A Blunt Instrument, A Frank Discussion: Governor Paterson Proposes Tax Cap Legislation
Wasting no time following the June 2nd release of the Tom Suozzi-led Property Tax Relief Commission’s (preliminary) report and press conference the following day, Governor Paterson has already prepared comprehensive legislation to cap school property taxes and overhaul the whole school budget vote process. Today, NYSBBA obtained a copy of the Governor’s Program Bill #62, which has yet to be introduced in either house of the Legislature. We expect the measure to be formally introduced shortly.
The Governor’s bill would impose a property tax levy cap on all school districts but the Big Five school districts. The cap proposed is the familiar 4% or 120% of the CPI used for contingency budget calculations. This year the lower number is the latter or 3.36%. But, unlike the contingency budget rule, the governor’s cap is to be placed on the levy within the school district, not the underlying school district spending increase or the tax rate used to calculate an individual property taxpayer’s tax bill.
It is very important to note that the governor’s bill only addresses the tax levy cap. It does not include proposals from two other sections of the Tax Relief Commission report’s recommendations. Missing is (1) mandate relief (discussed extensively in the report) and (2) the much anticipated circuit breaker proposal to replace STAR. Following commentary below, an overview of both the commission’s recommendations and the governor’s bill, some of which already abandons the commission’s recommendations , is presented.
For NYSSBA’s analysis of the governor’s tax cap proposal, and the bill text click here:
For a copy of the Tax Relief Commission report, click here:
For highlights of the Tax Relief Commission’s Report click here:
For NYSSBA’s press release click here:
What happens next with the governor’s tax cap proposal in the short run – to the end of this year’s regular session scheduled for conclusion June 23 – is honestly anyone’s guess. Frankly, we think the prospect for enactment of the governor’s proposal in this short time frame is highly unlikely given the glacial pace of most legislative measures, let alone the highly controversial, politically charged, and technically complex nature of the tax cap. Of course stranger things have already happened this year…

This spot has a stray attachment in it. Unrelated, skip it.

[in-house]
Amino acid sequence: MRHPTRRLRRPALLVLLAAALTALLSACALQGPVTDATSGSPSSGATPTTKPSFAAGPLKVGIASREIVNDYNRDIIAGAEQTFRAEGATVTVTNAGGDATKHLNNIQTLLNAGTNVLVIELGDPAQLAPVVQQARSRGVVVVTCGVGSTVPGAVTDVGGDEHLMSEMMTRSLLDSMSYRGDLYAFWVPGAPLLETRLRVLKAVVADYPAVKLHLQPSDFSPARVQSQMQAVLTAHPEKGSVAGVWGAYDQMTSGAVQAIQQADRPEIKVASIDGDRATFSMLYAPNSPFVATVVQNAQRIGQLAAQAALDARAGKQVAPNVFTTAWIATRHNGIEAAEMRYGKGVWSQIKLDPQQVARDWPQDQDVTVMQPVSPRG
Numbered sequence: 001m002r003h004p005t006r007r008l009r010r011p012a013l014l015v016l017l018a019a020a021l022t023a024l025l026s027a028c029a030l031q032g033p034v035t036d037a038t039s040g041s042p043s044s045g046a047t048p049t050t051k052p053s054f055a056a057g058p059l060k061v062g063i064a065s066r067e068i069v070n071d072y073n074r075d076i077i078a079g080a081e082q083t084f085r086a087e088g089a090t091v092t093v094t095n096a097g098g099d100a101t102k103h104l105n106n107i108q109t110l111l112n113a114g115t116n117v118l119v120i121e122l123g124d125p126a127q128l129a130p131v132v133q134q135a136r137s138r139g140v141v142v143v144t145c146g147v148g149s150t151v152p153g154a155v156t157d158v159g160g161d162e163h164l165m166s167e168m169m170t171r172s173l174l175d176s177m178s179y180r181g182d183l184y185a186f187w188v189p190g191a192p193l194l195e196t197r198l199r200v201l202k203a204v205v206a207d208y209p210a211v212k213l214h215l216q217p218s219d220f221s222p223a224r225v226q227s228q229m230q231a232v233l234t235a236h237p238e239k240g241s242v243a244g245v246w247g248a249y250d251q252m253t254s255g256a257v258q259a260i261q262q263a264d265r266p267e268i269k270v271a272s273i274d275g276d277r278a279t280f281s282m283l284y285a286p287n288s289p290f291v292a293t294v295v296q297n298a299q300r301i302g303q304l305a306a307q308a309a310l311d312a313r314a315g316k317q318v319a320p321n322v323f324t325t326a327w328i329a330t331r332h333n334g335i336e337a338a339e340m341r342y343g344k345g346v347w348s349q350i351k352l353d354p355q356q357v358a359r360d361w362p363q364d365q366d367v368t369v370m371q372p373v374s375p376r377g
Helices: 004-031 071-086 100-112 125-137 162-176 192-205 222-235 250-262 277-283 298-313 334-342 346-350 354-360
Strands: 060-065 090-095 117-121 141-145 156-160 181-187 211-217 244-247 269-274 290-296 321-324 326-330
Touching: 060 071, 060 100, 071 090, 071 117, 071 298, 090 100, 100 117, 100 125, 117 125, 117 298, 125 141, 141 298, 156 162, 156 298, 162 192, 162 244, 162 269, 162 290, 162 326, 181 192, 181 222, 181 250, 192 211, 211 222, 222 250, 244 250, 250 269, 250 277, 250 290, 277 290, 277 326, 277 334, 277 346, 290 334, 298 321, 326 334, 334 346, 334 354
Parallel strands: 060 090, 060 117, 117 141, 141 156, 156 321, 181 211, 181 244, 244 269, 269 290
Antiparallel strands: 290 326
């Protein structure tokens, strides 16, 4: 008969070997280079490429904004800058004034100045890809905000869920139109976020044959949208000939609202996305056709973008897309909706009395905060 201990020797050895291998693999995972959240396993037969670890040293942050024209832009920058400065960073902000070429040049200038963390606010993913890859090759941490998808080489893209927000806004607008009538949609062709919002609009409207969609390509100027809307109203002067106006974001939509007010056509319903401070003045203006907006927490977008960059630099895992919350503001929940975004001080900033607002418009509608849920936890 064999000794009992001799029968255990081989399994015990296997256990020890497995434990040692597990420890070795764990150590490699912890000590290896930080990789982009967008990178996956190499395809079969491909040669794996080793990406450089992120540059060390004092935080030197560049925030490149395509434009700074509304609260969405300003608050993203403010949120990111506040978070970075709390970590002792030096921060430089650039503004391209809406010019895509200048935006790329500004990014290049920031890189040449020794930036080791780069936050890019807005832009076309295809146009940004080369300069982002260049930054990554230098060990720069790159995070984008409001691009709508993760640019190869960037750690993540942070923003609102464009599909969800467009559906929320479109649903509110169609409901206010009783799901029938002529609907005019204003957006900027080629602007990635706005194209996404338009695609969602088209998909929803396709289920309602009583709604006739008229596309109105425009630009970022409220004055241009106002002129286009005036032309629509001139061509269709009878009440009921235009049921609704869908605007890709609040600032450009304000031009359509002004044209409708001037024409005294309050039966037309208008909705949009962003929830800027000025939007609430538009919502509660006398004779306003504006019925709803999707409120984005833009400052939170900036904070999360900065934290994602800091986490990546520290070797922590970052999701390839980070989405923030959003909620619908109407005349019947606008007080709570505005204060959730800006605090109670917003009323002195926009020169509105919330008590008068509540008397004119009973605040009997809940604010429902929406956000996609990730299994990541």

This commission – a legacy of the former governor – and its (preliminary) recommendations have now been embraced by the succeeding governor, but only in part. Missing, despite extensive treatment in Chairman Suozzi’s report, is any help with mandate relief to actually tame or eliminate the multitude of uncontrollable cost drivers school districts wrestle with day and day out. Of course, if the Wicks Law “reform” slipped into the budget earlier this year, real help may never be forthcoming. There is no STAR reform, nor is there a circuit breaker to help those taxpayers without the current income to be able to reasonably afford to pay their property taxes, even if they want to support our schools. Finally, there is no guarantee that the remainder of the promised four year increase to state school aid will continue, especially considering the ever worsening fiscal situation. And no mention was made of working to hold our federal representatives accountable for the flagrant shortfall of billions of promised federal education aid for IDEA and NCLB.
If the tax levy cap is enacted, then we will be faced with the worst equation of all: A cap on our ability to make ends meet with local resources minus adequate state and federal aid subtracted by no management flexibility to save taxpayer resources due to crippling mandated cost drivers.
In the longer run, if no action is taken before session ends, then look next to this November’s general elections when our entire state legislature is up for election. If no action is taken in the short term, then expect state legislative campaigns to focus on the tax cap and the cost of public education. Control of the state Senate is up for grabs, and it could be a very competitive and even nasty election. School board members will need to be on their “A game” for the debate. At the same time, this may well be an opportunity, however unwanted, to present our case and explain just what is at stake to politicians who may attempt to demagogue the issue.
Following the November election, but before the new Legislature meets in January, there may be a special session. Topics could include the current fiscal situation and even calls for mid-year cuts if things have deteriorated badly. It could include judicial and legislative pay raises. And it could include further tax cap discussions, but absent the loaded atmosphere of contested elections and battle for control of the state Senate. In fact, if such a session occurs, much of the 2009-10 state budget parameters may be agreed to. The Assembly Speaker has already signaled that discussions of a property tax circuit breaker, even if he views it favorably, cannot commence outside of the context of the next year’s budget. It is likely that the state school aid phase in plan will be reviewed in the context of the tax cap proposal. Also, maybe some of the mandate relief measures can be taken up then.
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